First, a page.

"In view thereof, joining the terms 'patents' and '.com' to form the designation 'PATENTS.COM' results in a compound term which, to the relevant public for applicant's services of providing legal information about patents, as well as other kinds of intellectual property, through a website, primarily signifies a commercial website which provides legal information about patents." (slip op., pp. 25-26)
Moreover, the joining of these individual terms into the compound term PATENTS.COM "lends no additional meaning to such term as a whole."
Turning to the Section 2(e)(1) issue, Applicant O&L contended that "for technical reasons, any internet domain name is inherently distinctive and thus cannot be merely descriptive." The CAFC, however, disposed of that argument in In re Oppedahl & Larson LLP, 71 USPQ2d 1370 (Fed. Cir. 2004):
"The simple fact that domain names can only be owned by one entity does not of itself make them distinctive or source identifying. Telephone numbers and street addresses are also unique, but they do not by themselves convey to the public the source of specific goods or services." 71 USPQ2d 1374.
Based on dictionary definitions and other evidence, the Board ruled that PATENTS.COM is merely descriptive of O&L's services: "[C]ombining the terms 'PATENTS' and 'COM' into the compound term 'PATENTS.COM' results in a designation which would only signify a commercial website which provides legal information about patents." (slip op., p. 35).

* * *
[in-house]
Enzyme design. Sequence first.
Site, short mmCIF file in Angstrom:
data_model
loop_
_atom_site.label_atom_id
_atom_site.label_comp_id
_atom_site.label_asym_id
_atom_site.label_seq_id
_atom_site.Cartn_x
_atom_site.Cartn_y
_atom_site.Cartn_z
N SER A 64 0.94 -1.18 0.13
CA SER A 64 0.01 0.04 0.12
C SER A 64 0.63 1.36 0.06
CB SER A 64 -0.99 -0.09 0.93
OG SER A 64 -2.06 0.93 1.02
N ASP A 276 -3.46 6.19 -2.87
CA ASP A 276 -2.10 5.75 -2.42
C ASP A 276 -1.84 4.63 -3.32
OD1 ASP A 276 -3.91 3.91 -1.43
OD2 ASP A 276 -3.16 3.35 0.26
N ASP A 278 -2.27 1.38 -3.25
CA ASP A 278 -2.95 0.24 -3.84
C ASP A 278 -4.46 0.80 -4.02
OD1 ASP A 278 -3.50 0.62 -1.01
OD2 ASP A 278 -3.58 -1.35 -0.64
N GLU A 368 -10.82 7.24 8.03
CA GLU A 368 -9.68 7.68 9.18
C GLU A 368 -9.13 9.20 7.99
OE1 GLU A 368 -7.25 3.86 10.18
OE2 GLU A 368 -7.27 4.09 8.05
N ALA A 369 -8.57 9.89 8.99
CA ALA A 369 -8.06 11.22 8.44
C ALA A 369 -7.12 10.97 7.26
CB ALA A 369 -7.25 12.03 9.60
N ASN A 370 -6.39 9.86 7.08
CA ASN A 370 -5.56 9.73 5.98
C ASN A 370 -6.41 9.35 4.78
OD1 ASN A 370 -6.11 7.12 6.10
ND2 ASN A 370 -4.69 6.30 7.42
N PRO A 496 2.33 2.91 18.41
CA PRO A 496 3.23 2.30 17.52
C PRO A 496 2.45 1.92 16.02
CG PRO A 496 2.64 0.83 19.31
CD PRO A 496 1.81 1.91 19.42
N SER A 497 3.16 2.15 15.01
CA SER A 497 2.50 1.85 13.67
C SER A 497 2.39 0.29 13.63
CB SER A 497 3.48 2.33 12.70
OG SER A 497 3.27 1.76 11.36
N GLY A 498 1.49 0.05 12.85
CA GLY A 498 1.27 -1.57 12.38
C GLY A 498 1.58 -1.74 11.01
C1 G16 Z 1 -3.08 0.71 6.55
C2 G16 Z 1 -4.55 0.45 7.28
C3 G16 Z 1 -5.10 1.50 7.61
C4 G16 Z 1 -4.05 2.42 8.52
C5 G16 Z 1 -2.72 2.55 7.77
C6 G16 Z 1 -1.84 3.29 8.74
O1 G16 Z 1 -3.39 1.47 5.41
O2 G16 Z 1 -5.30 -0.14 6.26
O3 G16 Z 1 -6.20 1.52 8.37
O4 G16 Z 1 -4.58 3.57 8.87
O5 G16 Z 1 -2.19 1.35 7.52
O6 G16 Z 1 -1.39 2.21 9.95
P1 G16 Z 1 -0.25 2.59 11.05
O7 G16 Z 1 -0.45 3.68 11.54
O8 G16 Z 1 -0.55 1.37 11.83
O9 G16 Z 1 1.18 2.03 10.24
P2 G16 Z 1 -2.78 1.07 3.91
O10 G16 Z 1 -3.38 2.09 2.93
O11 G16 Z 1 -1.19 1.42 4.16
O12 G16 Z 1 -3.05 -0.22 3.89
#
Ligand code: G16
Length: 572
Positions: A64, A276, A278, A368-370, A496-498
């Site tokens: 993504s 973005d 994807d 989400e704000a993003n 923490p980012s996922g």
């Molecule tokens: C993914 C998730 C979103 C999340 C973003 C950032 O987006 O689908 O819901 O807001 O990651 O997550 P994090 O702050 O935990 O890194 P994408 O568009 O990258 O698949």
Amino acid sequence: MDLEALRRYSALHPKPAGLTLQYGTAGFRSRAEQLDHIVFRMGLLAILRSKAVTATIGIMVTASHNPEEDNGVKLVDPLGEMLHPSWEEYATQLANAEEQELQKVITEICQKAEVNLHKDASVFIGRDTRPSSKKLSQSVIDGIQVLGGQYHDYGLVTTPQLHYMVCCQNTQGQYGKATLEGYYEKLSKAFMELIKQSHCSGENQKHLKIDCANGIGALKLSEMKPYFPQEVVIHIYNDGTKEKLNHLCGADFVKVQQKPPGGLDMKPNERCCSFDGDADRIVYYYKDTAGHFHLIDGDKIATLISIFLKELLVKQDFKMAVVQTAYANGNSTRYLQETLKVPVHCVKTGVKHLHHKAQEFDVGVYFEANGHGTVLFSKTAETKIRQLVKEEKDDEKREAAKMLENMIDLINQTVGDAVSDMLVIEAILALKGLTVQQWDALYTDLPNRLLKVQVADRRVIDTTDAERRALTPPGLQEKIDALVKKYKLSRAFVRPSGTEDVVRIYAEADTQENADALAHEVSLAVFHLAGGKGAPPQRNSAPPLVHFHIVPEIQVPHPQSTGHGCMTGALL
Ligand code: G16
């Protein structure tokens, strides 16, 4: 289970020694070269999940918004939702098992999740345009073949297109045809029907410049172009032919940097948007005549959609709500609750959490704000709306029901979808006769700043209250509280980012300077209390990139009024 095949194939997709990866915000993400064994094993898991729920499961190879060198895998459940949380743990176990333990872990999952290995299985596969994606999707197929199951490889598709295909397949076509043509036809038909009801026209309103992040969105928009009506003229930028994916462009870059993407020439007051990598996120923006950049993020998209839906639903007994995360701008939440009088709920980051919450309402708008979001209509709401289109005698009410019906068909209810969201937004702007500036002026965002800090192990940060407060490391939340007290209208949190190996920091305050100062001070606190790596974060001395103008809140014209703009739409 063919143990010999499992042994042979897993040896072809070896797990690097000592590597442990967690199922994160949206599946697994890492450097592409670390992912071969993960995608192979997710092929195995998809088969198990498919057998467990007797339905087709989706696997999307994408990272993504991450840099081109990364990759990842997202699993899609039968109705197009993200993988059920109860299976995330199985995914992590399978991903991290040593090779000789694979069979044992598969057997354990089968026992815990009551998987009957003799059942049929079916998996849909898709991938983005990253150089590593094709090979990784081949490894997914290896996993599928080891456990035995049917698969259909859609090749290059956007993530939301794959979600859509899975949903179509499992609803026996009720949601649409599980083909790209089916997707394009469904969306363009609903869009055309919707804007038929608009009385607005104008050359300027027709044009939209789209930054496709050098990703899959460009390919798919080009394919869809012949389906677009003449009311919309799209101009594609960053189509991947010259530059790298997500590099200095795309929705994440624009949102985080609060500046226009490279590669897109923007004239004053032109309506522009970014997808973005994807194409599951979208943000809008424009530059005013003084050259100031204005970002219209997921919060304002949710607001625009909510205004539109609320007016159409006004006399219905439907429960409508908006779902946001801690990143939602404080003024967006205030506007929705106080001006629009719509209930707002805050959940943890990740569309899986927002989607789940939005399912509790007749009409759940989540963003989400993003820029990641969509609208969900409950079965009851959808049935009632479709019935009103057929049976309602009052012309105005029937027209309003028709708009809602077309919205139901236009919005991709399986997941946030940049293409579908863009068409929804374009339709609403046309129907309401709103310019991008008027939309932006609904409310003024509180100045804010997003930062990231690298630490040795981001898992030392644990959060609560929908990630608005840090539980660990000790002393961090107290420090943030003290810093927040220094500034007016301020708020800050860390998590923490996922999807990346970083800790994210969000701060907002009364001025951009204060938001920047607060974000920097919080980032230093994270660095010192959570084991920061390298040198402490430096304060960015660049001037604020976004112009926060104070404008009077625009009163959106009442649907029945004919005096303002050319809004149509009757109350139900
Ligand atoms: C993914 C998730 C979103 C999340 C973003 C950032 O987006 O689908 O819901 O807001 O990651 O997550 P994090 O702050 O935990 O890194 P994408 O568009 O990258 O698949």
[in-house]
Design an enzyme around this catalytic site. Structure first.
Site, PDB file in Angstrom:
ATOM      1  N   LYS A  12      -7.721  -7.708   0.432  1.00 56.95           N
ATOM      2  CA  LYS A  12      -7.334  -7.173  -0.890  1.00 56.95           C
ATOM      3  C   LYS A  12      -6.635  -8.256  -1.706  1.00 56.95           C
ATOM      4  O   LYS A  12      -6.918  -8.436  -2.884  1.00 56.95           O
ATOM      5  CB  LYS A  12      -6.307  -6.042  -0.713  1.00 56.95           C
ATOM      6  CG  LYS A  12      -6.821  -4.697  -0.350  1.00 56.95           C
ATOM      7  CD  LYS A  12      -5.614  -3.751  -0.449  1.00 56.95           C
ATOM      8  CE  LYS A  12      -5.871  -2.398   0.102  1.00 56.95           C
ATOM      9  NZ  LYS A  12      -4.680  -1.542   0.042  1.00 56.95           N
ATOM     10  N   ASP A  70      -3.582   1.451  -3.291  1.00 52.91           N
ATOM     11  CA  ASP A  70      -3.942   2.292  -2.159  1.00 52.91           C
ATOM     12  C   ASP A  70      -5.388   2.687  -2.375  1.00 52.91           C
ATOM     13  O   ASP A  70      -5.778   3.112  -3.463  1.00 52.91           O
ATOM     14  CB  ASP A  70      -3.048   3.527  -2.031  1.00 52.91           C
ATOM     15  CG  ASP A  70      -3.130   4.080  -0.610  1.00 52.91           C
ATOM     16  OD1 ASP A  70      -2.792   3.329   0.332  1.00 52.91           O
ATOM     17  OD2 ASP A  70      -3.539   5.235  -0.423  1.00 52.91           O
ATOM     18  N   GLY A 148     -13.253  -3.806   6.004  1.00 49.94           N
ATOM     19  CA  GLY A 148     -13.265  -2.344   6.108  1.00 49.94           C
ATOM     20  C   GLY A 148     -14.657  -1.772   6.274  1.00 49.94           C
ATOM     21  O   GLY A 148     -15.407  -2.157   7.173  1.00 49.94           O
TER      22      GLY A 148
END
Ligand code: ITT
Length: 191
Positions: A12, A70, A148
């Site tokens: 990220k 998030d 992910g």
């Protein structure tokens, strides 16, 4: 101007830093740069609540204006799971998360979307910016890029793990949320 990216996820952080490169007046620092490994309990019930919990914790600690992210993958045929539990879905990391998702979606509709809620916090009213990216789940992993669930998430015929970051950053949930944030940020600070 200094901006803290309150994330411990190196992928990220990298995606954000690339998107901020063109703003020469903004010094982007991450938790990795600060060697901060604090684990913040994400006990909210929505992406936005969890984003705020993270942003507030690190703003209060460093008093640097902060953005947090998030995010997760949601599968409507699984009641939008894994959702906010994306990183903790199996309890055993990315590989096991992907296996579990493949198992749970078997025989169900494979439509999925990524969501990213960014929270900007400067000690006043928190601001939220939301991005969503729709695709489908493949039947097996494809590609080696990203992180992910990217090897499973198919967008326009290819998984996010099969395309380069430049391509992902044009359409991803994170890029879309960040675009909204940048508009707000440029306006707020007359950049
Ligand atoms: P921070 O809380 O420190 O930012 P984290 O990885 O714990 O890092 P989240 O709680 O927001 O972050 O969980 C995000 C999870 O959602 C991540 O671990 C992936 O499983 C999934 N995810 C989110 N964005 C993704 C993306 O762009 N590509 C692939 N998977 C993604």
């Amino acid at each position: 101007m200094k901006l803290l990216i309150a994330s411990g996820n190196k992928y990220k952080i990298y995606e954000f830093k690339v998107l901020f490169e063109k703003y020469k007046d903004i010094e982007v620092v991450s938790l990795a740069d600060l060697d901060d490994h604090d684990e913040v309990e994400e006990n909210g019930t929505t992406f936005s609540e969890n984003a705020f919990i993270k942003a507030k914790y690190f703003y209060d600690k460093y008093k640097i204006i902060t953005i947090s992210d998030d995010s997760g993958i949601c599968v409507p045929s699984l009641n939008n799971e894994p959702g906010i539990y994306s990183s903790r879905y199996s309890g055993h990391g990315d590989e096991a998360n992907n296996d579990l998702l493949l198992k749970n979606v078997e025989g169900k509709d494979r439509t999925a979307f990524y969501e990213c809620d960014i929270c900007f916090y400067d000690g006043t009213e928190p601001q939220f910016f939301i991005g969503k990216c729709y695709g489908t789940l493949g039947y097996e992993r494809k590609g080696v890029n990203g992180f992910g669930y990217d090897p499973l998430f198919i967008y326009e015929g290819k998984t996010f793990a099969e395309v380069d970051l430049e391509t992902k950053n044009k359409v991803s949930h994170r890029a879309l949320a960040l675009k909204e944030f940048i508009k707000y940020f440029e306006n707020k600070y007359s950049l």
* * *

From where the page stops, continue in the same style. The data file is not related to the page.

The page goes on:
The combination PATENTS.COM does not create a connotation different from that of the two terms. "[A]s was found in [by the CAFC] in Oppedahl, considering the term 'PATENTS.COM' 'as a whole only strengthens the descriptiveness finding.'" 71 USPQ2d 1374. This is not one of those "rare instances" when the addition of a TLD indicator to a merely descriptive term creates a distinctive mark.
As to O&L's claim of acquired distinctiveness, the Board found that Applicant's evidence "falls far short of its burden of demonstrating acquired distinctiveness" of the highly descriptive term PATENTS.COM. Given that "the greater the degree of descriptiveness the term has, the heavier the burden to prove it has attained secondary meaning," O&L's claim of five years of substantially exclusive and continuous use "is plainly insufficient."
Applicant's evidence regarding the number of hits at its website and the number of third-party websites that link to O&L's website is "at best an indication of the popularity" of the website, particularly in light of O&L's lack of evidence showing that PATENTS.COM is used "in the manner of a service mark." The sole evidence of use as a service mark was the specimen shown above, but "there is absolutely no evidence as to how long the term 'PATENTS.COM' has been so used nor is there any evidence that applicant has advertised or otherwise promoted its services."
The Board therefore rejected the Section 2(f) claim, and affirmed the refusals to register.
TTABlog note: The fancy but ultimately futile footwork of O&L in submitting the above-depicted specimen of use into the record was TTABlogged here.
Text Copyright John L. Welch 2006